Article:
Motorists and cyclists: share the road
Tuesday, 21 October 2008
With motoring costs ever increasing, there has been a tremendous growth in the number of cyclists.
Getting back on to a bike after ten years or so can be a nerve racking experience. The IAM (Institute of Advanced Motorists) offers these handy 'Dos and Don'ts' for anyone dusting off their old bike and also for motorists, who must share the road with the growing number of cyclists of all abilities.
DO overtake with care, not too close and not too fast. Whizzing past cyclists within a foot of their handlebars may feel perfectly safe, but it doesn't for the cyclist
DO leave cyclists enough 'wobble room' when passing them - cyclists may have to move out slightly to negotiate drains, potholes, smashed glass and other debris. They don''t want to be squeezed into the gutter
DO check the door mirror and the blind spot before opening the driver's door after parking to avoid knocking down a cyclist
DON'T sound the horn when near them
DON'T cut up a cyclist passing on the nearside when turning left, and don't overtake then turn left across their front wheel
DON'T drive into the 'advanced stop area' for cyclists at lights: it is against the Highway Code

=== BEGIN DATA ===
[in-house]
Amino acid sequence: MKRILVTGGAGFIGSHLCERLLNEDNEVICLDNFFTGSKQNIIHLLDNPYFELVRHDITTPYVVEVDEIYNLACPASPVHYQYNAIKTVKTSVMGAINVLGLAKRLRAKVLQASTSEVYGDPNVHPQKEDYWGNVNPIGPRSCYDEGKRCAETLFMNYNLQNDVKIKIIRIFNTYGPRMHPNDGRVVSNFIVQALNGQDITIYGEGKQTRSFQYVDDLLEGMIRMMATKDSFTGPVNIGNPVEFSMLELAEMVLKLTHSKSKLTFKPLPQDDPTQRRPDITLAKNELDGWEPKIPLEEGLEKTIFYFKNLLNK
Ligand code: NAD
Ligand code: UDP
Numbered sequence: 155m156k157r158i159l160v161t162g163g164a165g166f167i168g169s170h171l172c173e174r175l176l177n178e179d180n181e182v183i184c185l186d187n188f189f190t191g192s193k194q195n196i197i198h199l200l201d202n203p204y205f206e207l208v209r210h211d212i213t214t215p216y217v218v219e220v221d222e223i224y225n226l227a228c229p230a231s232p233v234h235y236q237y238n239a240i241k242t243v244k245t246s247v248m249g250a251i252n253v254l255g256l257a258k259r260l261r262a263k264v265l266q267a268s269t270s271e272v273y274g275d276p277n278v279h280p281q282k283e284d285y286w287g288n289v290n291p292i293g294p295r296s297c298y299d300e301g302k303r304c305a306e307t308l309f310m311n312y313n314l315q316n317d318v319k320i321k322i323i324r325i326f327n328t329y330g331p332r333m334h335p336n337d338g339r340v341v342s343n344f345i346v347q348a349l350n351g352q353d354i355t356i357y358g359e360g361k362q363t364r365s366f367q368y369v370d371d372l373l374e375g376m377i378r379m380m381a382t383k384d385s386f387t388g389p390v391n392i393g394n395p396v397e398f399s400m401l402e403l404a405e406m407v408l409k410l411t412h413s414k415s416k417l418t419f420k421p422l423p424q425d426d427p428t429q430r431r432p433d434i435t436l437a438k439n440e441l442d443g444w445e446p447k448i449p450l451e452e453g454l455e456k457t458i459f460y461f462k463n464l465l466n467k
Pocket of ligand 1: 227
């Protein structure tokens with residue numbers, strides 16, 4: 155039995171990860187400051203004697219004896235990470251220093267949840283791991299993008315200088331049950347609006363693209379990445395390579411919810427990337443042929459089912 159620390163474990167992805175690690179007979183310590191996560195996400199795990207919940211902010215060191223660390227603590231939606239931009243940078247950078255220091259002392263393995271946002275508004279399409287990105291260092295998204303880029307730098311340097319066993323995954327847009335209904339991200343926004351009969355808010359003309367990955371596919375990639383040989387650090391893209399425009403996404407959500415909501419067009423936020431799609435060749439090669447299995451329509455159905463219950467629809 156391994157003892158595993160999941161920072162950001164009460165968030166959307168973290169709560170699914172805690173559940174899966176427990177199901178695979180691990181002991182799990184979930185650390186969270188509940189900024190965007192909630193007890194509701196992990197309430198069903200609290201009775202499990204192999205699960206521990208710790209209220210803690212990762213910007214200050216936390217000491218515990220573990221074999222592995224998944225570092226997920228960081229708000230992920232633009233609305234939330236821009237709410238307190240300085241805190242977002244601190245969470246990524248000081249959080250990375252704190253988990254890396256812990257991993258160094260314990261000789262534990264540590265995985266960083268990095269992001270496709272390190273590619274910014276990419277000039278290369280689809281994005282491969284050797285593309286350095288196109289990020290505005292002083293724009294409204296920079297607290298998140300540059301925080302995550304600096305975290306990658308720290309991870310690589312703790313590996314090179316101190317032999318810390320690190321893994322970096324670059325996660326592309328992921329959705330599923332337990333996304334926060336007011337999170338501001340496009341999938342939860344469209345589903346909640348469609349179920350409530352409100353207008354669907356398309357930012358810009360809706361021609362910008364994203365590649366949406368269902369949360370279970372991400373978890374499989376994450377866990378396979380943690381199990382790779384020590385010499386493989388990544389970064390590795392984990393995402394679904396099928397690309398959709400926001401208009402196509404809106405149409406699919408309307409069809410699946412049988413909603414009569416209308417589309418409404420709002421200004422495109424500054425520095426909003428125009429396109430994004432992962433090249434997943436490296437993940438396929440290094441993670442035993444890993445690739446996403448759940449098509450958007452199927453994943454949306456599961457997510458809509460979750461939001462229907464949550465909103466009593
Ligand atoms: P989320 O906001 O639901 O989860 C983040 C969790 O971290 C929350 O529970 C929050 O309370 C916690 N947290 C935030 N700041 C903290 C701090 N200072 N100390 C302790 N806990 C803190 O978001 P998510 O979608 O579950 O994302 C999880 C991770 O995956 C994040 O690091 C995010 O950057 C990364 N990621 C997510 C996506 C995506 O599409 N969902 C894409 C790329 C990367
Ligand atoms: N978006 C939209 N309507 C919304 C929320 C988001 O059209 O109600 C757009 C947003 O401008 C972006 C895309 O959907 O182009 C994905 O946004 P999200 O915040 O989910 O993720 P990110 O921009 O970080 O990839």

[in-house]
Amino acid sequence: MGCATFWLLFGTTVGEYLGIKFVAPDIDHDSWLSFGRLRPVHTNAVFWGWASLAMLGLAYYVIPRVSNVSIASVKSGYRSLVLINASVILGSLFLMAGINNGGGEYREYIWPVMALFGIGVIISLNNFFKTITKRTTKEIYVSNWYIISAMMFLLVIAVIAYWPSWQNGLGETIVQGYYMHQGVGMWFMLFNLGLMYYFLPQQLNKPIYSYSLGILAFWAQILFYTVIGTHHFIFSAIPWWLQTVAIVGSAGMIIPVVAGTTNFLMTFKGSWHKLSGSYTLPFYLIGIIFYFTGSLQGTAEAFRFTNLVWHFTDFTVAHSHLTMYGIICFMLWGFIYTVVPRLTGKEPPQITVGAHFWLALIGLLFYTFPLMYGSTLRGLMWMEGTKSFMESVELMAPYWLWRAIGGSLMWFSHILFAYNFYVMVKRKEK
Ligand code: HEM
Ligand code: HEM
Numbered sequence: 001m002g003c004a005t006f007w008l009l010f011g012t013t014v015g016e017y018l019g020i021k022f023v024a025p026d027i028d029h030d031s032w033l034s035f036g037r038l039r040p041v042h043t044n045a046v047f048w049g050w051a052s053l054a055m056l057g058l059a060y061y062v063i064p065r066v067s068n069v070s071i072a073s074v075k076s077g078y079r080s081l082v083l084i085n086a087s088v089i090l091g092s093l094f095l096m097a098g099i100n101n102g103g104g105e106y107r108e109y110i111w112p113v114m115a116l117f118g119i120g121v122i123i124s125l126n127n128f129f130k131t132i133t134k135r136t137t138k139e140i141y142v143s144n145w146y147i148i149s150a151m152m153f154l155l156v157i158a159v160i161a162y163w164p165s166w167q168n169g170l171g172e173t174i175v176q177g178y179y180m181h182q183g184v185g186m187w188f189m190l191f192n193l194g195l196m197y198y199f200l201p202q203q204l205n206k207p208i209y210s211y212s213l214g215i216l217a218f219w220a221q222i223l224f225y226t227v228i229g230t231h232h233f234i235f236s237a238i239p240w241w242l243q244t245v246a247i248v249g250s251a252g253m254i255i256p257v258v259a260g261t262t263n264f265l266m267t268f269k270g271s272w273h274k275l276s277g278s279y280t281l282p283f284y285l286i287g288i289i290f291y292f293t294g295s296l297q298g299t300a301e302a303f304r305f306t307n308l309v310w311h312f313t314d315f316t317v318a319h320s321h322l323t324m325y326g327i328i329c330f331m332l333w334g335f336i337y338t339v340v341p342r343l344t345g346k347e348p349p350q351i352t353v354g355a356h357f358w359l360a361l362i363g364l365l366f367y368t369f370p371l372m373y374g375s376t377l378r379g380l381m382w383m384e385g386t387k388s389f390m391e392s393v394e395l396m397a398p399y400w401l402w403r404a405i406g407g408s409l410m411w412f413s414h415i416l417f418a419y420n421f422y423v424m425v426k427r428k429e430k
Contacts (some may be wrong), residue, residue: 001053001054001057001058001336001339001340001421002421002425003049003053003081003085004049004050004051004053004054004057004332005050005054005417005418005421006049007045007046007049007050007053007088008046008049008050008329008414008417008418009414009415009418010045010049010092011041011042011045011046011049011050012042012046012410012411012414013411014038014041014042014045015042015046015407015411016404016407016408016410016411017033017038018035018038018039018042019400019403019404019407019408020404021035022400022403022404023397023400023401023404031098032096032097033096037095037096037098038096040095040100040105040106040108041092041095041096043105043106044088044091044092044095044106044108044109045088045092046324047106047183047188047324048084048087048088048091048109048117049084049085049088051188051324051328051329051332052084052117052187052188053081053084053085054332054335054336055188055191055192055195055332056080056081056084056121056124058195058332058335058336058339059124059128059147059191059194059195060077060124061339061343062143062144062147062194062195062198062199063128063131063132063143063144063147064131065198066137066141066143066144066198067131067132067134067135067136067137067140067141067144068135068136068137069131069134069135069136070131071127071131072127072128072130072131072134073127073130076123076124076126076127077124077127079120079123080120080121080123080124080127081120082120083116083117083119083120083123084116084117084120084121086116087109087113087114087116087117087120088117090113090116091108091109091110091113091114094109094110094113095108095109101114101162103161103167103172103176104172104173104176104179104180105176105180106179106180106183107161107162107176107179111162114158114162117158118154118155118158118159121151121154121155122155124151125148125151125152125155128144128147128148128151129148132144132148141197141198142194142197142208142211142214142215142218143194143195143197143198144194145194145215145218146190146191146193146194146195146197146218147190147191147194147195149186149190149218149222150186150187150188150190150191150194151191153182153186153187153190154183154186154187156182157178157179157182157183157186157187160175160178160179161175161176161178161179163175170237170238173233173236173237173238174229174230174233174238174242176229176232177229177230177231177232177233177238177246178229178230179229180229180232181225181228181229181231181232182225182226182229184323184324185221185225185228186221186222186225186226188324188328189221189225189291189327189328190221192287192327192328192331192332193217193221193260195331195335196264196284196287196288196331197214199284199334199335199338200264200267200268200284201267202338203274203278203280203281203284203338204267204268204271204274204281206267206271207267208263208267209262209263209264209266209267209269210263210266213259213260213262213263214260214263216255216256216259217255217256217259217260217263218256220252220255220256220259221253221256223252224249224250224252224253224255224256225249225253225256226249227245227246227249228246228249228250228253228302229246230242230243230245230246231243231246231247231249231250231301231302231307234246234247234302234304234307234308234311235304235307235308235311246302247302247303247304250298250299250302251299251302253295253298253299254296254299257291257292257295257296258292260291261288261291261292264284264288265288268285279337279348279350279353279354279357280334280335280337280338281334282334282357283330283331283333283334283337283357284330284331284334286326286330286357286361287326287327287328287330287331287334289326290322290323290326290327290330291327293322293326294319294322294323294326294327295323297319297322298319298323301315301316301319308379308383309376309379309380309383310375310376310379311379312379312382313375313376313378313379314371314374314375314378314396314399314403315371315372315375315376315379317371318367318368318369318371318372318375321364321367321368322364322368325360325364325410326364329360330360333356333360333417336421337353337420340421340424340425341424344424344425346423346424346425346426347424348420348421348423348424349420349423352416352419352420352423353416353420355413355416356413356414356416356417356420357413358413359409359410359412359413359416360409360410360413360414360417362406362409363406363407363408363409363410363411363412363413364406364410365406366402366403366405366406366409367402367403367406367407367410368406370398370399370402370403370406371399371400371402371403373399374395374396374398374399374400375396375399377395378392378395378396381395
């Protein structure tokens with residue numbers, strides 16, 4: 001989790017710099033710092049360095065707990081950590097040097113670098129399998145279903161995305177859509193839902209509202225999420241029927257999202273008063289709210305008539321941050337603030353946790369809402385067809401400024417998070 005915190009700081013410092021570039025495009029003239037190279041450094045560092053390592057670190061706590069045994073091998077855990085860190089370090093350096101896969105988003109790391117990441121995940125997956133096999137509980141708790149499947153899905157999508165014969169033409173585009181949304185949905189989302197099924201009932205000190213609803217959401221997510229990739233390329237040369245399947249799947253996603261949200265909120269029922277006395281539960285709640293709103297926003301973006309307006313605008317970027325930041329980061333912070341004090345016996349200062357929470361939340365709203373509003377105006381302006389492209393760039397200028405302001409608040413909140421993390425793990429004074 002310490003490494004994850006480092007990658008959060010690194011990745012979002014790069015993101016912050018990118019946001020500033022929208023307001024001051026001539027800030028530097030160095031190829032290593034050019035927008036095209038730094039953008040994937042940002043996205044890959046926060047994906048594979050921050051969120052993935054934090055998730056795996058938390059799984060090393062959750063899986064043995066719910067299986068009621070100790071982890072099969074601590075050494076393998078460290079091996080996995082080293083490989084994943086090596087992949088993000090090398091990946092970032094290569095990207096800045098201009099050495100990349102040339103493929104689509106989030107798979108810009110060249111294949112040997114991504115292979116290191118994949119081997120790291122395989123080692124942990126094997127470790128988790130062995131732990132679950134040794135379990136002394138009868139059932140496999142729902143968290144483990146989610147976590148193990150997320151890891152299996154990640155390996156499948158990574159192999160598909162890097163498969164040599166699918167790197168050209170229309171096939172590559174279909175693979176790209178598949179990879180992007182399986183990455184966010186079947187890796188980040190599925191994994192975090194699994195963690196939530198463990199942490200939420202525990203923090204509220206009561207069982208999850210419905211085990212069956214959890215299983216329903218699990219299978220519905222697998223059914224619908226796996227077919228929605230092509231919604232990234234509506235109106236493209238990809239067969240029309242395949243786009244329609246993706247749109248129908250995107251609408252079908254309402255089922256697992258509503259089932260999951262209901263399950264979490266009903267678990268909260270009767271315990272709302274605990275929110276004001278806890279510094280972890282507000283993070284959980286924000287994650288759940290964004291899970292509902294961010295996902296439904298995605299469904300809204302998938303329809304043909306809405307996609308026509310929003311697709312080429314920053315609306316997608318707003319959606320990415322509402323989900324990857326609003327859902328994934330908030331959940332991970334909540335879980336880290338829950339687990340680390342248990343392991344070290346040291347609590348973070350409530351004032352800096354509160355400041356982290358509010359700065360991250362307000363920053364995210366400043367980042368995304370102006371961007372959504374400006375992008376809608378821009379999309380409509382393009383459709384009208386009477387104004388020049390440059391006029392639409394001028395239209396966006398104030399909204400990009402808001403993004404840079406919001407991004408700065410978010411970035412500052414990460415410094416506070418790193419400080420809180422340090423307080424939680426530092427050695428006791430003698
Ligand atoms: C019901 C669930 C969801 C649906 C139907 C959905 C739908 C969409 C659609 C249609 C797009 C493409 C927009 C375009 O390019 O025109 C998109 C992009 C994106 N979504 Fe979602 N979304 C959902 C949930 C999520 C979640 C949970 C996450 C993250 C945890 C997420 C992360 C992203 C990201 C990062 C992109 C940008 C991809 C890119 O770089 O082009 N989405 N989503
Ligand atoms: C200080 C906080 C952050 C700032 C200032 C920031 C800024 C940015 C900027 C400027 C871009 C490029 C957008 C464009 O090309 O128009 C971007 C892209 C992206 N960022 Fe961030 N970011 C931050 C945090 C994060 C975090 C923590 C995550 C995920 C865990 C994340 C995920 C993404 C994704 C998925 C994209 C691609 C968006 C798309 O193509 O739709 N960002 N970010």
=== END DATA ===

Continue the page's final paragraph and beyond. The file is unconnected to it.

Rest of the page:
DO establish eye contact (in a non-aggressive way) with drivers emerging from junctions, particularly if they are turning right
DO position the bike to avoid being knocked off if a parked car door swings open
DO stop at red lights - this is a major irritation for drivers who see the law being flouted
DO undertake some cycle skill training, some employers offer this as a staff benefit
DON'T forget to check the bike lights, spare batteries and wear a good high visibility jacket/vest. See and be seen
DON'T abuse the zebra crossing. When riding along the nearside of the carriageway, do not swing onto the zebra to cross the road: drivers won't be expecting that, and the risk of being hit is greater